25. Coraline. A 3D CG marvel conceived in writer-director Henry Selick's traditional stop-motion aesthetic style, this visually rich adaptation of Neil Gaiman's Coraline proves a dark and magical portrait of adolescent sorrow and identity development. With sumptuous imagery that twirls and tumbles with delirious abandon, Selick's story about a young girl who discovers a doorway to a mysterious, seemingly idyllic alternate reality brings real menace back to the too-often innocuous kid's film. A wondrously creepy trip down the rabbit hole, it's a film seemingly born from its plucky heroine's psyche, overflowing with surrealist flourishes and carnival-barker showmanship. NS

24. The Box. An astute political pulse-tester in a wonky, thriller chassis, The Box ingeniously employs a bicentennial setting characterized by suburban triumphalism and scientific optimism to illustrate a robust democracy nevertheless beset by opaque, external pressures. Richard Kelly's signature stirrings of cosmological imbalance presage the arrival on a family's doorstep of a miraculous button unit-cum-ballot box, its consistently obfuscated ownership and crassly-appealing security-for-indirect-murder proposition serving as a biting critique of modern, buffered democracy. "Can't I be forgiven?" is the regretful plea of Cameron Diaz's Virginia belle after opting in, to which Frank Langella's hideous, interdimensional PR man memorably responds with an affronted, I-just-work-here shrug. Ryan Stewart

23. Police, Adjective. It takes commitment to turn the act of leafing through a dictionary into a riveting cinematic moment, but Corneliu Porumboiu's great, deadpan moral inquiry is a work of such concentration. Structured as a dreary police procedural, it slowly weaves a Kafkaesque cosmos as its protagonist, a drudging Bucharest cop reluctantly investigating a minor case of pot-smoking high schoolers, gradually grows engaged in the interpretation of the signs and meanings around him. Not just a wry portrait of the clash between changing attitudes and rigid laws, but also a call for active consciousness in life and in cinema. Fernando F. Croce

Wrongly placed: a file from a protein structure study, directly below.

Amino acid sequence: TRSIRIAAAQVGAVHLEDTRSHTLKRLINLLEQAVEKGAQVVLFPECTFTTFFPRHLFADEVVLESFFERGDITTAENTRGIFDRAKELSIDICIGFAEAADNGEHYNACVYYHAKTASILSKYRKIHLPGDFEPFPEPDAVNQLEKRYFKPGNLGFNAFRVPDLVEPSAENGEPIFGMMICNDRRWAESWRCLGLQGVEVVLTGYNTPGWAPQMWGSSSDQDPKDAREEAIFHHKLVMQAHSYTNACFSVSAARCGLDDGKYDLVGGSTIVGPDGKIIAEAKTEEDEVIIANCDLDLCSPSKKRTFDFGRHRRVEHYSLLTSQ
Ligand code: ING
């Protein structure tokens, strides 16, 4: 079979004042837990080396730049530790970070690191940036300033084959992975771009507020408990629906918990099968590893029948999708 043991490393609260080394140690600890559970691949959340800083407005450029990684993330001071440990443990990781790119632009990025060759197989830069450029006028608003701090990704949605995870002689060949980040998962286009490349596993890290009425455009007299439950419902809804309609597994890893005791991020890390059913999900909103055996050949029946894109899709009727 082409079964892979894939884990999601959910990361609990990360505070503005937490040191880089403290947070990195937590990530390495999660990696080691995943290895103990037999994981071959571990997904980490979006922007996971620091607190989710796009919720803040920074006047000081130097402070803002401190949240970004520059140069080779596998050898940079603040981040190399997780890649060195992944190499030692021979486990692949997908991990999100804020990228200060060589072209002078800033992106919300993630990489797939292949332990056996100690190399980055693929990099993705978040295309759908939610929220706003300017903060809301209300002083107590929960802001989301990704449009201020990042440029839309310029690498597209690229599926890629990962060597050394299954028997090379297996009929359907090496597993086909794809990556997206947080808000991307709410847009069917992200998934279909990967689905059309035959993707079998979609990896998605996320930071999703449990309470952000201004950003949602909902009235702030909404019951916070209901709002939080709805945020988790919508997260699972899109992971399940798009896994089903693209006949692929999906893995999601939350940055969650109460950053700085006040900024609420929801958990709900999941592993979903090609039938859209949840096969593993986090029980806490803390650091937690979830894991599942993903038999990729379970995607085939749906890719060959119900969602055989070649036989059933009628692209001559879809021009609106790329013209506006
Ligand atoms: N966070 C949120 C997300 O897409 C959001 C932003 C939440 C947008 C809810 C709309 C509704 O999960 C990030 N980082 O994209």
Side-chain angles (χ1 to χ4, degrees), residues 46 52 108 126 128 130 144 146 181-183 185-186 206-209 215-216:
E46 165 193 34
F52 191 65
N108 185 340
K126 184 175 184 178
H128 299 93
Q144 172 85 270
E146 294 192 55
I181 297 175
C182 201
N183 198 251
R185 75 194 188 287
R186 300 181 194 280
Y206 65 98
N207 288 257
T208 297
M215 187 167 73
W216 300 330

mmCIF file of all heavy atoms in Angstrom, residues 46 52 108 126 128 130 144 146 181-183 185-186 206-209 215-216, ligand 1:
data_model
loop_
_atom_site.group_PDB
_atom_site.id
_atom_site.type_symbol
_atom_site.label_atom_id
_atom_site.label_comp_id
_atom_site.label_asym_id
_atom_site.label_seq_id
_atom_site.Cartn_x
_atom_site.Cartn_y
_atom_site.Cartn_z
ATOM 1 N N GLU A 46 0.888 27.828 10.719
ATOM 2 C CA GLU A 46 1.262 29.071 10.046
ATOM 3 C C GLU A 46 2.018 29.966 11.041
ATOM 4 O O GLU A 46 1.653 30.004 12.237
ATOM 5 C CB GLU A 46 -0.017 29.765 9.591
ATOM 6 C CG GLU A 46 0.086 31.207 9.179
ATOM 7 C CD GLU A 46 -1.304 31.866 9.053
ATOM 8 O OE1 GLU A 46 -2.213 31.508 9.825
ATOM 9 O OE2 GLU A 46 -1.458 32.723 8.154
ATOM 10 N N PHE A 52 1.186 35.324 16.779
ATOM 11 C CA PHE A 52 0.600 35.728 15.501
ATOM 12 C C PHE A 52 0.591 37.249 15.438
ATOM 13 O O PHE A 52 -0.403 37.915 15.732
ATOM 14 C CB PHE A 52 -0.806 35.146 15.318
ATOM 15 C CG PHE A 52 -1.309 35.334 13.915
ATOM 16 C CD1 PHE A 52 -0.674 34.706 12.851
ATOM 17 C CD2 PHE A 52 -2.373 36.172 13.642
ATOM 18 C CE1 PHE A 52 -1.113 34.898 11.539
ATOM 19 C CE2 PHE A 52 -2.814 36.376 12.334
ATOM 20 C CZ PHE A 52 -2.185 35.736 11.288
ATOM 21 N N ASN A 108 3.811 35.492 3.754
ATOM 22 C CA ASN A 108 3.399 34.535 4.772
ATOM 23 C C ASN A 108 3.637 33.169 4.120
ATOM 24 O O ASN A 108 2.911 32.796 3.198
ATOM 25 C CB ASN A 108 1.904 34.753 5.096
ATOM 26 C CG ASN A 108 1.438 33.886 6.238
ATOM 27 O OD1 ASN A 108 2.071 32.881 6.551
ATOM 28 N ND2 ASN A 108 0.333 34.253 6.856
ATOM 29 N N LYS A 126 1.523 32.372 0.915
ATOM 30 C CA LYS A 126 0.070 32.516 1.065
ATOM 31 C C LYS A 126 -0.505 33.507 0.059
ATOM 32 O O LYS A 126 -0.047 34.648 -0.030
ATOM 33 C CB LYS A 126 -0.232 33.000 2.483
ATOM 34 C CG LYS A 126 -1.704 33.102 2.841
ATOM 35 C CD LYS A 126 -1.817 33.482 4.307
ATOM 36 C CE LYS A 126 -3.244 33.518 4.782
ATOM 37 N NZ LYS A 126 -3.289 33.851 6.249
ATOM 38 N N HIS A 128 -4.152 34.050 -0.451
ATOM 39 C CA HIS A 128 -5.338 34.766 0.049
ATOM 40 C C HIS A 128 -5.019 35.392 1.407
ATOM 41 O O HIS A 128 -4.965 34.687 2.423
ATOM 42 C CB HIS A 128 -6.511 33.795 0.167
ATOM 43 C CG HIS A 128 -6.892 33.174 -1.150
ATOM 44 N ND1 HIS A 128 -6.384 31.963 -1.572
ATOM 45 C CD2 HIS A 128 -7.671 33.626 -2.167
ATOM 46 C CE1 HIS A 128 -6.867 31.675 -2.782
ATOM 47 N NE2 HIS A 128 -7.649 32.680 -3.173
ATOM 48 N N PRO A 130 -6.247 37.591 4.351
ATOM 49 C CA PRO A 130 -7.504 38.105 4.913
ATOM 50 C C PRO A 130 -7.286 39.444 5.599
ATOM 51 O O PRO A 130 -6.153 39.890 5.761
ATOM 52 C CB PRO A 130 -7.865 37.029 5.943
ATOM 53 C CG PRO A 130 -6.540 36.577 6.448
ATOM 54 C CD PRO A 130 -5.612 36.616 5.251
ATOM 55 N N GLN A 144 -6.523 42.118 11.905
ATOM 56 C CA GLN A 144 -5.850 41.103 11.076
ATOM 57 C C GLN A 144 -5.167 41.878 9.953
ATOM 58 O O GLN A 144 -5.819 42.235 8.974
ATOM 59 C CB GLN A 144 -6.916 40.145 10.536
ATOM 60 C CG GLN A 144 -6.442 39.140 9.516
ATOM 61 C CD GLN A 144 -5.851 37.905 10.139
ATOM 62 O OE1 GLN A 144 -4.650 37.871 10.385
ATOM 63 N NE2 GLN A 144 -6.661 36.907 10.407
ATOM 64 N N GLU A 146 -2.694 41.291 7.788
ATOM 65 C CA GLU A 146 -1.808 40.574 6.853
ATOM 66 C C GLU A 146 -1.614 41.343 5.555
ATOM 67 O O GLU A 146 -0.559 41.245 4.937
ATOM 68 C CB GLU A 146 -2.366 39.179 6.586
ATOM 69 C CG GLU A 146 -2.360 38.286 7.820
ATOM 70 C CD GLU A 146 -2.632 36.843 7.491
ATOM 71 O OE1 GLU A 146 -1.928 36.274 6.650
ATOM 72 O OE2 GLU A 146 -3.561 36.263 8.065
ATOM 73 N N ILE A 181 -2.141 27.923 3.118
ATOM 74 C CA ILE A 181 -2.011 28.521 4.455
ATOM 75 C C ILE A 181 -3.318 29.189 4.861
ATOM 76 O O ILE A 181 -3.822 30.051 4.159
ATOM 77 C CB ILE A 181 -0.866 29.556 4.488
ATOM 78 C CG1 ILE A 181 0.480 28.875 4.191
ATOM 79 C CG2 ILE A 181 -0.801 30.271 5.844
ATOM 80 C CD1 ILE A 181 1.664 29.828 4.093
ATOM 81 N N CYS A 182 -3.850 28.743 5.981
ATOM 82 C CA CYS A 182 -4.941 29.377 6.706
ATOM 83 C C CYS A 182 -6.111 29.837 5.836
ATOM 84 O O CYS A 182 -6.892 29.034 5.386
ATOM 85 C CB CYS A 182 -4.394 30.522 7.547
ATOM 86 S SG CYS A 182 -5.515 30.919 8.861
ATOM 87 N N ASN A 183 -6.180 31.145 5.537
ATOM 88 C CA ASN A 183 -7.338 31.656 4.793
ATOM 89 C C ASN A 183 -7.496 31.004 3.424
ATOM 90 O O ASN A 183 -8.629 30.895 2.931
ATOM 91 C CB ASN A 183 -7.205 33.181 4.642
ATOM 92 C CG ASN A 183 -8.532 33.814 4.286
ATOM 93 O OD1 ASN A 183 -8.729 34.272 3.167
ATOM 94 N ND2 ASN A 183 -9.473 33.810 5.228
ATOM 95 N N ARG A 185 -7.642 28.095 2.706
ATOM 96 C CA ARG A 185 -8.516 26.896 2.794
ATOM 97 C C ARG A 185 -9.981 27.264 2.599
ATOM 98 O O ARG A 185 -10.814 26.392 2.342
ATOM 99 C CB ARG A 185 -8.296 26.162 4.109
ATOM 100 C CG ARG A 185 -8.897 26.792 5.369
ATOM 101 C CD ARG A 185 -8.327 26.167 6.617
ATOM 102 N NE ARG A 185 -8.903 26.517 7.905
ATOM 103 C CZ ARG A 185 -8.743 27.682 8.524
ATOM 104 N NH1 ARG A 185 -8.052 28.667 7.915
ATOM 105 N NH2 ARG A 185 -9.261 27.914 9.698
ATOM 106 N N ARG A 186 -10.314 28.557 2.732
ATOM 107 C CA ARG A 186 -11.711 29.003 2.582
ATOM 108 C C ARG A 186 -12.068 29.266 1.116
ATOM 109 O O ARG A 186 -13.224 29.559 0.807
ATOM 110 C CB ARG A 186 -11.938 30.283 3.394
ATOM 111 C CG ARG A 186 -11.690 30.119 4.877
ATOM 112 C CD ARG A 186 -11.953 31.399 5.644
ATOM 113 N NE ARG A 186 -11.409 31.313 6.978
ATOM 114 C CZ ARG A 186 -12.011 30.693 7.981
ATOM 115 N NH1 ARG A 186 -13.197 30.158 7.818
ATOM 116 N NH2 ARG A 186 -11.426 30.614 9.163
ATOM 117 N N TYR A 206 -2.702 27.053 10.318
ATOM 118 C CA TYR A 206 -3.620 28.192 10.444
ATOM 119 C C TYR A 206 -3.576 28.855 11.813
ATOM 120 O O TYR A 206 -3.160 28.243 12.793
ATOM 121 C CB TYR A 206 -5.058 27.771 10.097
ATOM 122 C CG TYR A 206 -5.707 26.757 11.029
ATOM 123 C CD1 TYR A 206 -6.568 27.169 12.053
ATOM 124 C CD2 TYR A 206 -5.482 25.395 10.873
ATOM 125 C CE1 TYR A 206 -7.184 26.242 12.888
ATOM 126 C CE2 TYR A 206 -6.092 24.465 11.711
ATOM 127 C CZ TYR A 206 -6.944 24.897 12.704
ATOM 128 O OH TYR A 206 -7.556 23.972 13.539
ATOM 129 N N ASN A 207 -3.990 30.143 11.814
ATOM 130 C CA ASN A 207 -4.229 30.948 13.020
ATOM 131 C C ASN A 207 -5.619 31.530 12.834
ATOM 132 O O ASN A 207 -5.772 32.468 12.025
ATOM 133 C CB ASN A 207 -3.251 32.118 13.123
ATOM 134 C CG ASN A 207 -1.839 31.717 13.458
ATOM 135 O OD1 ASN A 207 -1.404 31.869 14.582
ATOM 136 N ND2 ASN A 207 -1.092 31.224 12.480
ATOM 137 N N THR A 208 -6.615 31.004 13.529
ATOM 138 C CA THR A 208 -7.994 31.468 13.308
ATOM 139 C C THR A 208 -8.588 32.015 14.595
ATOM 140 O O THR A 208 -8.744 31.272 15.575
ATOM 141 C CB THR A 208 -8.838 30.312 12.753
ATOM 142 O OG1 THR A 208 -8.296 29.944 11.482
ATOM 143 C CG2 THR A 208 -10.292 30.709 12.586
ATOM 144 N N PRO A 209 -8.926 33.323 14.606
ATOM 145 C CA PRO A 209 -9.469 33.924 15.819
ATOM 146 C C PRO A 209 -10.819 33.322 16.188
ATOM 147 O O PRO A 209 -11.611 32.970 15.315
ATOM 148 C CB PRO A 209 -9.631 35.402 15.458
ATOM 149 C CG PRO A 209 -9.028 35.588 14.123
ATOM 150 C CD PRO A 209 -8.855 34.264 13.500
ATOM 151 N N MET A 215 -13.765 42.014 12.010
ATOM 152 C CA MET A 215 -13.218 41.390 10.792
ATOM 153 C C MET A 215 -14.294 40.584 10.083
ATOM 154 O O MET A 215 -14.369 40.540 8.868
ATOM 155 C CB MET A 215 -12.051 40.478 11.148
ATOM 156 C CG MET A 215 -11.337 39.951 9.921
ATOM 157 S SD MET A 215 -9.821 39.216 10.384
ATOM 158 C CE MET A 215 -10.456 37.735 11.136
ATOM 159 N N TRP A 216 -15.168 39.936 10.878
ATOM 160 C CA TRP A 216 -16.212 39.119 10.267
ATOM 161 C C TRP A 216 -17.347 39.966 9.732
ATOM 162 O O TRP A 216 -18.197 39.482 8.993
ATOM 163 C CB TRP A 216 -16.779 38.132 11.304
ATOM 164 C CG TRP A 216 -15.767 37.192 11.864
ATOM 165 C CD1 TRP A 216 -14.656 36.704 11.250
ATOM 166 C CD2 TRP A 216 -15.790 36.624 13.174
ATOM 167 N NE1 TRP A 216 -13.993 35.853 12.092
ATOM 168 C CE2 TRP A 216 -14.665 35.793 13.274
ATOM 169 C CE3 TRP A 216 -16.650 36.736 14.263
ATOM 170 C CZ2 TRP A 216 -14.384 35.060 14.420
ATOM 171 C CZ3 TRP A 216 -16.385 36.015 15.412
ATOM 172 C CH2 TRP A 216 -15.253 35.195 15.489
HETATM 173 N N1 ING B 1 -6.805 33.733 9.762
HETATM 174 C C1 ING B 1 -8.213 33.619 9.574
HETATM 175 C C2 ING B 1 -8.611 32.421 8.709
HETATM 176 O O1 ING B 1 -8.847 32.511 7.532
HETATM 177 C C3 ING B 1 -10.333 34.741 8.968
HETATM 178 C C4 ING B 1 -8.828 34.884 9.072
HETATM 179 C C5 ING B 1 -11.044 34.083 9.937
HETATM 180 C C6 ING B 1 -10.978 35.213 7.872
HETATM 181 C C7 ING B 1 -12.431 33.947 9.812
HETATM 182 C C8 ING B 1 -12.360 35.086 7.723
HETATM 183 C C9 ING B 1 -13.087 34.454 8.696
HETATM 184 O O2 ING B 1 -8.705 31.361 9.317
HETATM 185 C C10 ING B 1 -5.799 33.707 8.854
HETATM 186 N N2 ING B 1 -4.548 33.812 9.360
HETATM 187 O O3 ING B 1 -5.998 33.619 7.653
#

22. Antichrist. It's hard not to take Antichrist as a mythically macabre put-on. Only Lars Von Trier would pepper an incoherently spooky gore-horror flick with such perplexing embellishments—from the coruscating black-and-white opulence of the humpfest prologue to the clumsily allegorical Eden where He (Willem Dafoe) and She (Charlotte Gainsbourg) lock horns in a grisly, grief-provoked battle of the sexes. But the ramshackle, surrealist humor isn't mocking the audience: It's obscuring the fidgety undercurrent of yonic apprehension that drives the plot's feverish mutilations. We laugh at the fox who intones "chaos reigns" in a gravely basso; we might laugh even harder if we recognized his accuracy. Joseph Jon Lanthier

21. Still Walking. A family drama that gets the family dynamic exactly right, Hirokazu Kore-eda's triumph brings three generations of the Yokoyama clan under a single roof for a round of tearful remembrances, unspoken resentments, and domestic rituals. Unfolding over the course of a single day, the film lays out the family's decades-old beefs but never brings them to a point of crisis, instead suggesting—through its generous fixed-camera framings, its witty-wise screenplay, and the subtle interplay of its characters—the ways that unresolved conflicts tend to harden into regrets and how, for all our sorrows, life continues heedlessly on. Andrew Schenker

20. Cargo 200. In Cargo 200, writer-director Aleksei Balabanov uses dread as a meathook on which to suspend the bloody barbarism and squalor of provincial, pre-perestroika Russia; this film's scabrous narrative makes his post-USSR gangster chronicle Brother seem like the frothiest of comedies. At the grotesque climax, a rodent-like police captain makes use of soldiers' coffins (and bodies) to cover his homicidal tracks as his sloshed mama sits in the next room, obliviously bathed in the flicker of state-spooned TV images. The dark laughs don't stick in your throat, but lodge in the mind, suspended between shock and the sting of Balabanov's fury. Bill Weber